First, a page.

Are you continuing your singing career? Or are you thinking of scaling back your engagements? Do you foresee at some point to become a full-time teacher?
I am still performing and plan to keep performing and teach at the same time. With every passing year, I take stock of how I am feeling vocally. I have been doing some pruning of my roles which I think is just par for the course. I know my body and my voice, and I listen to it. When it tells me that a certain role is no longer 100% comfortable, then I adjust accordingly. One change I am making in my career is that I don’t want to be on the road as much as I’ve been in past years. In the past, I would be gone for weeks if not months at a time. Our daughter is now a teenager, and I want to be home more in the next few years before she goes off to university. Last fall I did shorter trips to Europe, and this worked very well. I am also singing a few more concerts which involve shorter time periods. Doing a new opera production often involves a two-month commitment which is a very long time to be away. At some point, I do think I will be a full-time teacher, but I’m not there yet!
When you were a voice student, did your own teacher make a big impact on you? How did they inspire you? I know you studied with Mary Morrison. I think you also studied with Hilde Zadek and Vera Rozsa, if I remember correctly. Others? How have your teachers influenced you?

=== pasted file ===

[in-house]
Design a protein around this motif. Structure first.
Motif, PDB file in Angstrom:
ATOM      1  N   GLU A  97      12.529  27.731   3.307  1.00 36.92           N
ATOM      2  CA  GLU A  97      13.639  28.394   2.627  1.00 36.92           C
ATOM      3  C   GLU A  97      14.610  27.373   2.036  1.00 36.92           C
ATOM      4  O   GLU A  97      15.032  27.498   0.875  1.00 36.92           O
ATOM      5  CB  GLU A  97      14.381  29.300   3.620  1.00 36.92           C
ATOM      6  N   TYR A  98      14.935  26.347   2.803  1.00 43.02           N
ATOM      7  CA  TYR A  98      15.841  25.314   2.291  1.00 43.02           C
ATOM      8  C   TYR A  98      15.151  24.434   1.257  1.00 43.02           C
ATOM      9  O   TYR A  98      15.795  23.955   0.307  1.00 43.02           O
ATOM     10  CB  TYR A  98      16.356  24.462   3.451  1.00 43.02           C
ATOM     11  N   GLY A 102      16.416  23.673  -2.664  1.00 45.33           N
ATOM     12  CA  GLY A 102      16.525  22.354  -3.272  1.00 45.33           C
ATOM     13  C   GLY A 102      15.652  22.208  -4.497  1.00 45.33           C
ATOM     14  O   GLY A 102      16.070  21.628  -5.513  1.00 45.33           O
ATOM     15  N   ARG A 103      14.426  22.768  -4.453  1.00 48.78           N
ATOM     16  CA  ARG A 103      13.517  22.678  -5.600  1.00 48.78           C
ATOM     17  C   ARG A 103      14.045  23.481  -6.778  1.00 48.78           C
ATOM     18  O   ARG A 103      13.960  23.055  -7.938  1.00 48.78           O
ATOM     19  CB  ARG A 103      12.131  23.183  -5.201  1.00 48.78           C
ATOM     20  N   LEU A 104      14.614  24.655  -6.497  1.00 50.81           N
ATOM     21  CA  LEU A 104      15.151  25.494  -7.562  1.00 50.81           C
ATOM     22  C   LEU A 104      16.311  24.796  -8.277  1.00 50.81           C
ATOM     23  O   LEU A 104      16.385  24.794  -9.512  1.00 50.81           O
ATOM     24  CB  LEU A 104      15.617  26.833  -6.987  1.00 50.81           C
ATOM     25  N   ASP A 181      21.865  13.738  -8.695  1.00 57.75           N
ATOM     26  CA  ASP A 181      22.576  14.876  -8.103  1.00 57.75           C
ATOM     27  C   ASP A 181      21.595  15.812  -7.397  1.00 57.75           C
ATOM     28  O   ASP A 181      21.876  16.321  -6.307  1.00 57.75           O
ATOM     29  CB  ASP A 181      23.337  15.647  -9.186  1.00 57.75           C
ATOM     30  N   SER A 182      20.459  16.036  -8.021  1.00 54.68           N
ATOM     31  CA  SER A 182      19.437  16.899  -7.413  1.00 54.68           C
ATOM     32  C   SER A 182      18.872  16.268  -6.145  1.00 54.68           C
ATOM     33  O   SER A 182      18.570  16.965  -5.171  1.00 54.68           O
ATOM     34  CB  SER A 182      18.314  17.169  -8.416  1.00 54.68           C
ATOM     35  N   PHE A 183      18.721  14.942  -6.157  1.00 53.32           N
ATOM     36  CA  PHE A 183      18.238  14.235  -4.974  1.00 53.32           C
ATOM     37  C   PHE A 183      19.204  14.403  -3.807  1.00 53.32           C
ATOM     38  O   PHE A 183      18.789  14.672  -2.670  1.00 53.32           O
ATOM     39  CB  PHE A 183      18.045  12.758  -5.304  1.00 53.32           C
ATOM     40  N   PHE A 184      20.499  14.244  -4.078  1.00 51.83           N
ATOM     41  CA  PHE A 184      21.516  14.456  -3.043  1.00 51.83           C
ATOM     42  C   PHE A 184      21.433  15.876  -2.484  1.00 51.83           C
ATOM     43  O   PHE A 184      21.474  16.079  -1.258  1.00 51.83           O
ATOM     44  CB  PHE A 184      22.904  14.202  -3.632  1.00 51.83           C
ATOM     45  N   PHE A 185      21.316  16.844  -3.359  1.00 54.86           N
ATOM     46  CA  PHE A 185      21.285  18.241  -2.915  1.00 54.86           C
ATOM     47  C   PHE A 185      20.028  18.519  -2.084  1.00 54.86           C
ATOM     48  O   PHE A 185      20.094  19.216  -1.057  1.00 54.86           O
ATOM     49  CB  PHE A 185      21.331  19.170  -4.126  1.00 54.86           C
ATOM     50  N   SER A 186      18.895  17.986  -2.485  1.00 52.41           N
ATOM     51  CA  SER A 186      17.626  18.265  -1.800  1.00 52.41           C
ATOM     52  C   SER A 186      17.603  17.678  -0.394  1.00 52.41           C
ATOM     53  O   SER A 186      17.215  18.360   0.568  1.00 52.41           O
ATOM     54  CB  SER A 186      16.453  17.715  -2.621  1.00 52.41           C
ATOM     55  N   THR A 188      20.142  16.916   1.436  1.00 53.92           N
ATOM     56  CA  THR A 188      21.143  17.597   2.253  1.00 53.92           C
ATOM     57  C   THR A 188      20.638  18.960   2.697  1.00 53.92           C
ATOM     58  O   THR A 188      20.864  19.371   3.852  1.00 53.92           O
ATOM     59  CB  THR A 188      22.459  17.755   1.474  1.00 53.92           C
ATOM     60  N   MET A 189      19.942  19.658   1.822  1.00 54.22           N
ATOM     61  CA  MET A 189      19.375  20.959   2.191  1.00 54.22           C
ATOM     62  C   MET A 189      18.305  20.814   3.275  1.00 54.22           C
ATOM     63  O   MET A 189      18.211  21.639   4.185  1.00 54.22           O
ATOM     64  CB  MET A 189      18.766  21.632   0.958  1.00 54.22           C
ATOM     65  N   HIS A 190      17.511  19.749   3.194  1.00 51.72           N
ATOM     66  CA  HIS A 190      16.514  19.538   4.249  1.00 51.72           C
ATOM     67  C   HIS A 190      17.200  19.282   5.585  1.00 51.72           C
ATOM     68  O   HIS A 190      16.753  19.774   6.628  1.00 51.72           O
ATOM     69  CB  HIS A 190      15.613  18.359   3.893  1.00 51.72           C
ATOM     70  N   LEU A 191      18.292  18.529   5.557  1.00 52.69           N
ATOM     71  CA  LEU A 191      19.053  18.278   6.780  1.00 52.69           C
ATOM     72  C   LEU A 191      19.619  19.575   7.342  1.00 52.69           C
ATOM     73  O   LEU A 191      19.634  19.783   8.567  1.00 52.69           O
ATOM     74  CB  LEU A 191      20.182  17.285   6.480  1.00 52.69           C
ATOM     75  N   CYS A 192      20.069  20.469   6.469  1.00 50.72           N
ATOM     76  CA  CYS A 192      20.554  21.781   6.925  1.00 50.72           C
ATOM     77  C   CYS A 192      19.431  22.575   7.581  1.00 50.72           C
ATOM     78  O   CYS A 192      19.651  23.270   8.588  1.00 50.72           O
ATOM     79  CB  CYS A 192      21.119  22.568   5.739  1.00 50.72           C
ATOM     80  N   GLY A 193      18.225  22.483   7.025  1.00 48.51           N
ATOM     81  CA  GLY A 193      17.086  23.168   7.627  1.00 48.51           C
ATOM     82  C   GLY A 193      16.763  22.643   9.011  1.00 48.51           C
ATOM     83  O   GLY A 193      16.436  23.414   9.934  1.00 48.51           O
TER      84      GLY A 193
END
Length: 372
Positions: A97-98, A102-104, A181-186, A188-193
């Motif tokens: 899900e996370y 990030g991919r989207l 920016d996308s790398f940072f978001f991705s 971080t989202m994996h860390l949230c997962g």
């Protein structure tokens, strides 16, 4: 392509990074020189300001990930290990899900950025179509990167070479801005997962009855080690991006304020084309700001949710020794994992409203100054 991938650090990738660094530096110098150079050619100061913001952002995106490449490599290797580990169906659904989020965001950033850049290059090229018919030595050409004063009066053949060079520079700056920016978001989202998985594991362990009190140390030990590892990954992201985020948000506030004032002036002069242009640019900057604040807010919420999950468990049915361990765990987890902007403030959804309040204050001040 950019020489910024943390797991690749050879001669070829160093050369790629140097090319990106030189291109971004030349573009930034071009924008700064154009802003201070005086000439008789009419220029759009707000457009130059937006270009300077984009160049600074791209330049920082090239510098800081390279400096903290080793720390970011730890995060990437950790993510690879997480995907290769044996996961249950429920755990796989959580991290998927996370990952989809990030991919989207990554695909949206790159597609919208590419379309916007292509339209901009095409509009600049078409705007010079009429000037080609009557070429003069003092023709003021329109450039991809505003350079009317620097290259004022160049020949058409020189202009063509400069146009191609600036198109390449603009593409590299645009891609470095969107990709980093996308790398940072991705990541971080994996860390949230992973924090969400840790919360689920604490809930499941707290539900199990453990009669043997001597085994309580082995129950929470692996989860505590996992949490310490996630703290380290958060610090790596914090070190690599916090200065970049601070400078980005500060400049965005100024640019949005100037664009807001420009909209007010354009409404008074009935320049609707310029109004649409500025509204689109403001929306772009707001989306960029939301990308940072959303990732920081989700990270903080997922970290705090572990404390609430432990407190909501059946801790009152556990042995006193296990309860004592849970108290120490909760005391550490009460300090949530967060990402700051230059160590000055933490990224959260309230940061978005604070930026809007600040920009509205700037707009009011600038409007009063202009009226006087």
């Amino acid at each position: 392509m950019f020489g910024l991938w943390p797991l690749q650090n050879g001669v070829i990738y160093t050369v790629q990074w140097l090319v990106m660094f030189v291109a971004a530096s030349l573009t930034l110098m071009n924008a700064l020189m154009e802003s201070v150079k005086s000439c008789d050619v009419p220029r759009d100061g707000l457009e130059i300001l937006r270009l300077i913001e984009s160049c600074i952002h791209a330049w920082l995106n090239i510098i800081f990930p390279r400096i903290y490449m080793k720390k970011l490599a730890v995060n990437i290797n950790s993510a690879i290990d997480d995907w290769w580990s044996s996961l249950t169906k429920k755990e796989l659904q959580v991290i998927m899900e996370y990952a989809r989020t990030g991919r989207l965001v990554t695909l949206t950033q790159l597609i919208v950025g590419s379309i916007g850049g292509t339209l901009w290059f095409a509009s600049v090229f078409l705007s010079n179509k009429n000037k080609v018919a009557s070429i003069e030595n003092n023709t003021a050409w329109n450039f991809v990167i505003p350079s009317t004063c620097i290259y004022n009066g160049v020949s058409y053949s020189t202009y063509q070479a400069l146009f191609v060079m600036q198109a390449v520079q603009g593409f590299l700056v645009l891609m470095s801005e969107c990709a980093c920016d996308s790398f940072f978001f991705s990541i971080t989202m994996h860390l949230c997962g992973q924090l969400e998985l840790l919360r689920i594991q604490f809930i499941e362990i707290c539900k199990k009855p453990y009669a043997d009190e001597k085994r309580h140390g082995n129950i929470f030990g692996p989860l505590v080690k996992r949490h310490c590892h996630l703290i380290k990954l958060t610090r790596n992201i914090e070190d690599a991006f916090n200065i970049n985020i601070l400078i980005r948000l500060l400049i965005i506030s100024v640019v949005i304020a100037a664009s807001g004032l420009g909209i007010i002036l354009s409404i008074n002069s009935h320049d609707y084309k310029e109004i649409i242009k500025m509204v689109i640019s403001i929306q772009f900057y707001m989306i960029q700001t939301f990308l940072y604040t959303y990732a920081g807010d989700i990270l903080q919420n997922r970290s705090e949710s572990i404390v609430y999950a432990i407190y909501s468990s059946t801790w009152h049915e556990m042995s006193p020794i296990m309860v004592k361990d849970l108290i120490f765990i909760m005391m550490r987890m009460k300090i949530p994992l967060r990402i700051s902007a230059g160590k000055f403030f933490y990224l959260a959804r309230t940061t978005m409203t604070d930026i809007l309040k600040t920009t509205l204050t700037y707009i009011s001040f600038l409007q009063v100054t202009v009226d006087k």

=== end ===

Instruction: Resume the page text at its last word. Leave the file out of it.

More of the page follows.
Teachers like Hilde Zadek and Mary Morrison were invaluable because we sang the same repertoire. Hilde could say — OK, on bar 52, watch out because the French horns come in very loudly and you will have to be aware of this etc. It was so helpful. Hilde sang much of my Strauss repertoire as well as many of my Verdi heroines.
What are the qualities that makes someone a good teacher? Kindness? Empathy? Full of encouragement? Or should a teacher believe in tough love? A no-nonsense task-master? How do you as a teacher bring out the best in a student?
I think its a balance….to be just kind and empathetic will not make the grade. “Tough love” is sometimes required too — when a student is not progressing as you feel they should be then some frank discussion is required. Being a voice teacher requires being a listener, sometimes a bit of a therapist as well because the voice is so connected with the psyche. If there are some emotional issues which the singers is dealing with, often these can affect his/her singing. It can be quite complicated but it’s very fascinating.
I am of the school that being cruel will get you nowhere. We’ve all heard stories of very cruel or sadistic teachers who will remain nameless. They seemed to enjoy humiliating young singers and attacking them in public. This is not a good strategy as a teacher. But being firm, insisting that the singer come prepared and is disciplined is a good first step.
What was the best advice you have received from your teachers? Advice that you abide by to this day?
“Slow and steady wins the race.” Failure i.e., not getting a role after an audition, is not the end of the world. It happens to every singer and we can grow from these experiences. “Singing piano is a singer’s gold.” Anyone can sing loud but not everyone can sing softly. Protect and nurture the falsetto function of the voice at all costs!
Can you say a few words about your upcoming appointment at the GGS?
I’ve given yearly masterclasses to the AD students at the GGS for several years now. It’s a wonderful institution with beautiful facilities. I am excited about increasing my involvement with the students and the Voice Faculty.
I wish you the very best in your new appointment and having seen you teach on several occasions, I know you are terrific, and the kids will really benefit from your knowledge and experience. Toi toi toi!
Thanks so much, Joseph!!!